Father-son combo running Ladera enjoys a special bond
For nearly two decades, they’ve been business partners. They see each other daily and discuss nearly every business decision.
And yes, that can lead to tension from time to time. Especially considering the partners are father and son.
“It’s a classic father-son relationship. When you work together all day, sometimes you want to kill each other,” Wright Zimmerly, head pro at Ladera Golf Course, says with a laugh. “But at the end of the day, you really reflect on the valuable time you are able to spend with your dad.
“You know, I’m never right, and he’s never wrong. But I’m going to get to look back and think of all the times I was with him. That’s pretty big-time.”
Wright’s dad, Sam Zimmerly, is the director of golf at Ladera. The two took over the pro shop on the West Side course in 1994.
Sam, a former University of New Mexico standout golfer, is 69. Wright, who went through the PGA Golf Management program at New Mexico State but left in 1992 before graduating to work in the business, is 42.
They have spent countless quality hours together at Ladera – and on golf courses in general.
As director of golf, Sam is in charge of the books and inventory, and deals with more internal parts of the shop. As head pro, Wright is in charge of daily sales and the counter, and deals more with the public and gives lessons.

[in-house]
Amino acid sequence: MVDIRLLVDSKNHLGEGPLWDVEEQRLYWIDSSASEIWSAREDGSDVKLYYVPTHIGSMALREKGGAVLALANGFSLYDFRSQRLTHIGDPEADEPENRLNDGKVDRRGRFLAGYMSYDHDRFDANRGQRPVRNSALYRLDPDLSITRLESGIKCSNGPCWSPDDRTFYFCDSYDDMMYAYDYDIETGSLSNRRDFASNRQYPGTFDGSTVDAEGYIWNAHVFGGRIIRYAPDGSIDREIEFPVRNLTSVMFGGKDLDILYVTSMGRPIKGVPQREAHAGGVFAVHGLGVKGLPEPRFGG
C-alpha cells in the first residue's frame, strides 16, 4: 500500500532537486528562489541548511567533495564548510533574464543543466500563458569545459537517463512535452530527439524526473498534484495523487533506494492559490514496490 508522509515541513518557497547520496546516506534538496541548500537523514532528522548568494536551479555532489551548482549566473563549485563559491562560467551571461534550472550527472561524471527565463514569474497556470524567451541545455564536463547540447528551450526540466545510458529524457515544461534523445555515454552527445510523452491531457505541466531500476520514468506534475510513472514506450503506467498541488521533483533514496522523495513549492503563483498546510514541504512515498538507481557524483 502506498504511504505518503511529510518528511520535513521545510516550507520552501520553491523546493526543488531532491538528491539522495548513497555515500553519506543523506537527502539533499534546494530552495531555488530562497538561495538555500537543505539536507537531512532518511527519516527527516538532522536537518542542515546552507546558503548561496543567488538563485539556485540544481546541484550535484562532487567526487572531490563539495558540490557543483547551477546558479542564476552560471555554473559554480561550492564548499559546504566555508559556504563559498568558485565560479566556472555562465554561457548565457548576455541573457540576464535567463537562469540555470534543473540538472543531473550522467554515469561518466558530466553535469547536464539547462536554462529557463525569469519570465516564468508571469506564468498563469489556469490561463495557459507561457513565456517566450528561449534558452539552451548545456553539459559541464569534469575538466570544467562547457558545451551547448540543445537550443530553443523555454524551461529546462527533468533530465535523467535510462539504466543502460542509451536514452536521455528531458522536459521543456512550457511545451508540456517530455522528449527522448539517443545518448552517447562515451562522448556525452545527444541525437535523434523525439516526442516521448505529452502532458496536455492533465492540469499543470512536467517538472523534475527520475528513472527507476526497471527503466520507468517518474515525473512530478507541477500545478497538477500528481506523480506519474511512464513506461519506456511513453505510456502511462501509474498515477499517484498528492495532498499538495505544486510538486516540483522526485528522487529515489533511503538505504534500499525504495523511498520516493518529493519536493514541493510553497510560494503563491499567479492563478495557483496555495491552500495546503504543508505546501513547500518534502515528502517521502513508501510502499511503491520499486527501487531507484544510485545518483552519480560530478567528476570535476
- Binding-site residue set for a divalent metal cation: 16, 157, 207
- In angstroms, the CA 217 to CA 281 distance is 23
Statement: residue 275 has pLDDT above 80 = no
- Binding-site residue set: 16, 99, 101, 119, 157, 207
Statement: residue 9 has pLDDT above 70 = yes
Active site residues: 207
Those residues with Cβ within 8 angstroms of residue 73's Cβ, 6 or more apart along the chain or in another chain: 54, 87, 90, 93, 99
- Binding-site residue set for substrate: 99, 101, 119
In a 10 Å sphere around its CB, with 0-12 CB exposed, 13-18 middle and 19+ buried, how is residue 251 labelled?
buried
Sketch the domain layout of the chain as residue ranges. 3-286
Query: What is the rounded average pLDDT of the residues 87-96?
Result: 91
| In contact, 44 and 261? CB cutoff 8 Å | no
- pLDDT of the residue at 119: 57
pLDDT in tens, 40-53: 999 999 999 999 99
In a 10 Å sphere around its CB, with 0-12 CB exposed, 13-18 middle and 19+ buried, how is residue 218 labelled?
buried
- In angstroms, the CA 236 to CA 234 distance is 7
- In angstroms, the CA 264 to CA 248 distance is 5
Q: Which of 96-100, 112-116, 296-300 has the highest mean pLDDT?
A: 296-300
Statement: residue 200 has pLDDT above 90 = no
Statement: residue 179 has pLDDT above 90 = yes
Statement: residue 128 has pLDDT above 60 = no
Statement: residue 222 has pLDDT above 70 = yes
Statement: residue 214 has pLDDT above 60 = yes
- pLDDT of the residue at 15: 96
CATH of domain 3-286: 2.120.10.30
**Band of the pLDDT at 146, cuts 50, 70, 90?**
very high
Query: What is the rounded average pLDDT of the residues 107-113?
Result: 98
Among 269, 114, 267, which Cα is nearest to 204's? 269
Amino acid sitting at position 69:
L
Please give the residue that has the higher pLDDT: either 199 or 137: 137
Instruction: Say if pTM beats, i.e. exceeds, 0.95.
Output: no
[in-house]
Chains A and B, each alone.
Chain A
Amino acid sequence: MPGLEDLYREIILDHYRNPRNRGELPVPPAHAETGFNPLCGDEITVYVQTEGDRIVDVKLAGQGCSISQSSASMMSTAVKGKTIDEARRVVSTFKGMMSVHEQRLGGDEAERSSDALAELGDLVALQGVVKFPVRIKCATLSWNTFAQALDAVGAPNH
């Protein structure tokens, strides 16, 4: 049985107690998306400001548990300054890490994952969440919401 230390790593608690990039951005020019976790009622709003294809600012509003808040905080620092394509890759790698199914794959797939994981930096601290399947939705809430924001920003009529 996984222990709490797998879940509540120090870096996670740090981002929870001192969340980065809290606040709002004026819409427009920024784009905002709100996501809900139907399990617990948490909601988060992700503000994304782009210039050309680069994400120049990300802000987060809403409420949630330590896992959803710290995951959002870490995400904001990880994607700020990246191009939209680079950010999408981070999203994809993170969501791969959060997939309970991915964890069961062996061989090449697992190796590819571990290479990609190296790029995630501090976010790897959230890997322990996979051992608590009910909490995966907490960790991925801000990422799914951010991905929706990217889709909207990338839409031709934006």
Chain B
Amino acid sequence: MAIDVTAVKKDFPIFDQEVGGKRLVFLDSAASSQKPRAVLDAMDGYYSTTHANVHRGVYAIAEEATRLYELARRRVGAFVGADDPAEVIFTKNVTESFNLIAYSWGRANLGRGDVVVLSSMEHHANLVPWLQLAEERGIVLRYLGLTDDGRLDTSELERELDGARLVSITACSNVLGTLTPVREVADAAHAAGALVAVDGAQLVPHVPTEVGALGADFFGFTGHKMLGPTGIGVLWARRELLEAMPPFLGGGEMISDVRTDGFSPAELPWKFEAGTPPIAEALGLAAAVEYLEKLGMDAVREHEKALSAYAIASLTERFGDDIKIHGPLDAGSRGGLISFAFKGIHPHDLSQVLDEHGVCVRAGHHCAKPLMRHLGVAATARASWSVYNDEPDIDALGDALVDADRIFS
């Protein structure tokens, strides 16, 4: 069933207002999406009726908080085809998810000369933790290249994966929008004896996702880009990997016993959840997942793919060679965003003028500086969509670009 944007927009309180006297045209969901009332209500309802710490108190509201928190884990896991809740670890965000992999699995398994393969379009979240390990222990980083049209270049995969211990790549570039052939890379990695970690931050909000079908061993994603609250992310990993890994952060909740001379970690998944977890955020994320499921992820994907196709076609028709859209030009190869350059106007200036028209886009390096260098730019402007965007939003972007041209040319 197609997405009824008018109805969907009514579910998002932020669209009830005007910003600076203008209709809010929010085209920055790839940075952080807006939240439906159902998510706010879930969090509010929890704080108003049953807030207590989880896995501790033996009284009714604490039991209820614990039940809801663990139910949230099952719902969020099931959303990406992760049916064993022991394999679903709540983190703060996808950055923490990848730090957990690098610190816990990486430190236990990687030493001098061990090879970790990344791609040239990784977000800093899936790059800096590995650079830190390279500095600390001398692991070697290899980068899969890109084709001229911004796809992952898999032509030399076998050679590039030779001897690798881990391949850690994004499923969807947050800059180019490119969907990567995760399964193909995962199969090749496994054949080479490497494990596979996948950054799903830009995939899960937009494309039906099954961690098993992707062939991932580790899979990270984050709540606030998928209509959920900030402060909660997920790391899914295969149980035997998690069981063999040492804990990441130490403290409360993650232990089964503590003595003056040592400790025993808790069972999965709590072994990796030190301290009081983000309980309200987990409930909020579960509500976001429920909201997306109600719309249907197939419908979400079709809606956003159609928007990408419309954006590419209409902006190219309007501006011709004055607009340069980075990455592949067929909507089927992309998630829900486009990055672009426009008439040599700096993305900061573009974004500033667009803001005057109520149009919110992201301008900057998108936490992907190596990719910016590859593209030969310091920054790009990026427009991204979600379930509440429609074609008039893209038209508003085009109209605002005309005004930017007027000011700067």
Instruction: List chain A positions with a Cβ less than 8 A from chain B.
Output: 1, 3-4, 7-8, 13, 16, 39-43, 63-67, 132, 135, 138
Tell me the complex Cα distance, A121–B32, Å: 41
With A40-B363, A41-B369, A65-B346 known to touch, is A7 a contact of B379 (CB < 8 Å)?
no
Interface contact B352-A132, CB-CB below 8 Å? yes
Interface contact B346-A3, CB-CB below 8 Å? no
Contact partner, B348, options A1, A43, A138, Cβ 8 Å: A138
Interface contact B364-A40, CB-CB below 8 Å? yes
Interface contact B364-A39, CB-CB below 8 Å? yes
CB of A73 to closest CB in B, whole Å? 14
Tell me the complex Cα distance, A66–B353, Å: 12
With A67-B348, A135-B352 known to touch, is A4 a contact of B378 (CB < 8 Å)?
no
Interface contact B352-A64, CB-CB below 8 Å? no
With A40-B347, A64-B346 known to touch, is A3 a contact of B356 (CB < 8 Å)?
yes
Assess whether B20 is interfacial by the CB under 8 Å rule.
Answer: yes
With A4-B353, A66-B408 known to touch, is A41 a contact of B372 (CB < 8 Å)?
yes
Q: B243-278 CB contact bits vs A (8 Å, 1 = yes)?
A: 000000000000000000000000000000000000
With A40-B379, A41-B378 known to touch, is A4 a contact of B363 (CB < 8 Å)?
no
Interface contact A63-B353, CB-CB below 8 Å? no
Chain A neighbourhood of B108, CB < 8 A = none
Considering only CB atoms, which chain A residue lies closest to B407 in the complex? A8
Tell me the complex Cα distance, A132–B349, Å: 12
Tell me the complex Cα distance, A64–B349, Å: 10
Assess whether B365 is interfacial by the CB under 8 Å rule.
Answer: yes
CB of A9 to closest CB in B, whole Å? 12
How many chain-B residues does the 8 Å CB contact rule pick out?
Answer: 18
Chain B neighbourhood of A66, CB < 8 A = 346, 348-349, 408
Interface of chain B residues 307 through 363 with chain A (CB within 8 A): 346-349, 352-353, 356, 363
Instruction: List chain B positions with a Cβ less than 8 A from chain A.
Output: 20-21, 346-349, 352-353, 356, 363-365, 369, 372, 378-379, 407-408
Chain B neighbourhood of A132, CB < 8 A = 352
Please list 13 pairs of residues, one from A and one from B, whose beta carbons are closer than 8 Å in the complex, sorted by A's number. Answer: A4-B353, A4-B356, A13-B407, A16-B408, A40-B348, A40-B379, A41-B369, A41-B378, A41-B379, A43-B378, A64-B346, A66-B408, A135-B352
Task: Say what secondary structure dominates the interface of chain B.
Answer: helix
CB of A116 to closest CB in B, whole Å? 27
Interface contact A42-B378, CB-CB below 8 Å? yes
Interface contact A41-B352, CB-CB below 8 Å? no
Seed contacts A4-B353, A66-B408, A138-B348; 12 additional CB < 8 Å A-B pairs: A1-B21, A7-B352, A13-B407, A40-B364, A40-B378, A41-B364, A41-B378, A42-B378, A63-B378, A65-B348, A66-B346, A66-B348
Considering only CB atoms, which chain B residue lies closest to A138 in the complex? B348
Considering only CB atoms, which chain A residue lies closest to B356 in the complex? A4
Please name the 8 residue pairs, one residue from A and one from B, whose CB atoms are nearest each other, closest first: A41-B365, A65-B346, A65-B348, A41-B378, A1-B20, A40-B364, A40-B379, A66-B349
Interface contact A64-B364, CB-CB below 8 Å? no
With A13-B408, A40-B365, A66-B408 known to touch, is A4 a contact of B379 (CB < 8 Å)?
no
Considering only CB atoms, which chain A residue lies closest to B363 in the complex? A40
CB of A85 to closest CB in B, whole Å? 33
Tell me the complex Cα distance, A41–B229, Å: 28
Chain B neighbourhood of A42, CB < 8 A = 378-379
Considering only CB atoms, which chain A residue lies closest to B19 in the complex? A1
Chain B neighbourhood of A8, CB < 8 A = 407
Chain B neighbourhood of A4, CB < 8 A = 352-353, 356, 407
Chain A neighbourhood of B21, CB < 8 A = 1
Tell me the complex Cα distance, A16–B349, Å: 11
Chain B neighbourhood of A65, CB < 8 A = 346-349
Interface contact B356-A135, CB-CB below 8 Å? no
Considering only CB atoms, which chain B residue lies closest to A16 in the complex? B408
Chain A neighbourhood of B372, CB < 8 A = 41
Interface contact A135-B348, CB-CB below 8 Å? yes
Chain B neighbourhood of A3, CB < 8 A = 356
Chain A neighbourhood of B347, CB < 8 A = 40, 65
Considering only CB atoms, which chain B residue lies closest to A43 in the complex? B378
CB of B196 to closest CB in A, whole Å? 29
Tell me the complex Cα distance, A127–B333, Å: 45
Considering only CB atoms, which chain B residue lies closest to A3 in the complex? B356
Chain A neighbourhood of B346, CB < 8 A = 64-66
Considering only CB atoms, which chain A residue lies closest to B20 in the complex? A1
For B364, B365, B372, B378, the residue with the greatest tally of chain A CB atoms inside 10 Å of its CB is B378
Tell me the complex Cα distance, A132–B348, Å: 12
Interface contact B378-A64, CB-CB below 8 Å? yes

“When you really think about it, Wright’s actually worked for me since he was about 8 years old,” Sam says.
Wright and younger brother, Chad, would strap on discarded canvas newspaper delivery bags and help their dad, then the director of golf at Los Alamos Golf Course, handpick golf balls on the driving range.
Wright said he just enjoyed being around the course. He played numerous sports growing up, including varsity basketball at Los Alamos High. But Wright always knew which sport was No. 1 for him.
“I always loved golf because I was around it all the time,” says Wright, who graduated from Los Alamos in 1988. “It’s always been a part of my life.”
Sam and his wife of 46 years, Francine, also have a daughter, Lisa Barresi. But Wright is the only one who followed his father’s footsteps to the golf industry.
As a golf pro – quite different from a pro golfer, one who plays for a living – Wright doesn’t hit the links much. But he is an exceptional player, who had a scholarship offer from former Lobos coach Dwaine Knight coming out of high school.
Wright plays occasional matches at Ladera against close friends Kent Jones, Brian Kortan, D.J. Brigman and Notah Begay III – all of whom have been or are on the PGA Tour.
Wright has caddied for all of them on the PGA Tour and for Dorothy Delasin on the LPGA Tour. He is also a volunteer assistant coach for the Lobos men’s team, and his wife of 18 years, Kari, was recently hired as the assistant’s women’s coach at UNM. Kari Zimmerly, née Hunter, was a standout player at New Mexico. The couple has two daughters Kaitlin, 17, and Kourtney, 14. Both Wright and Kari have worked for well-known golf instructor Hank Haney.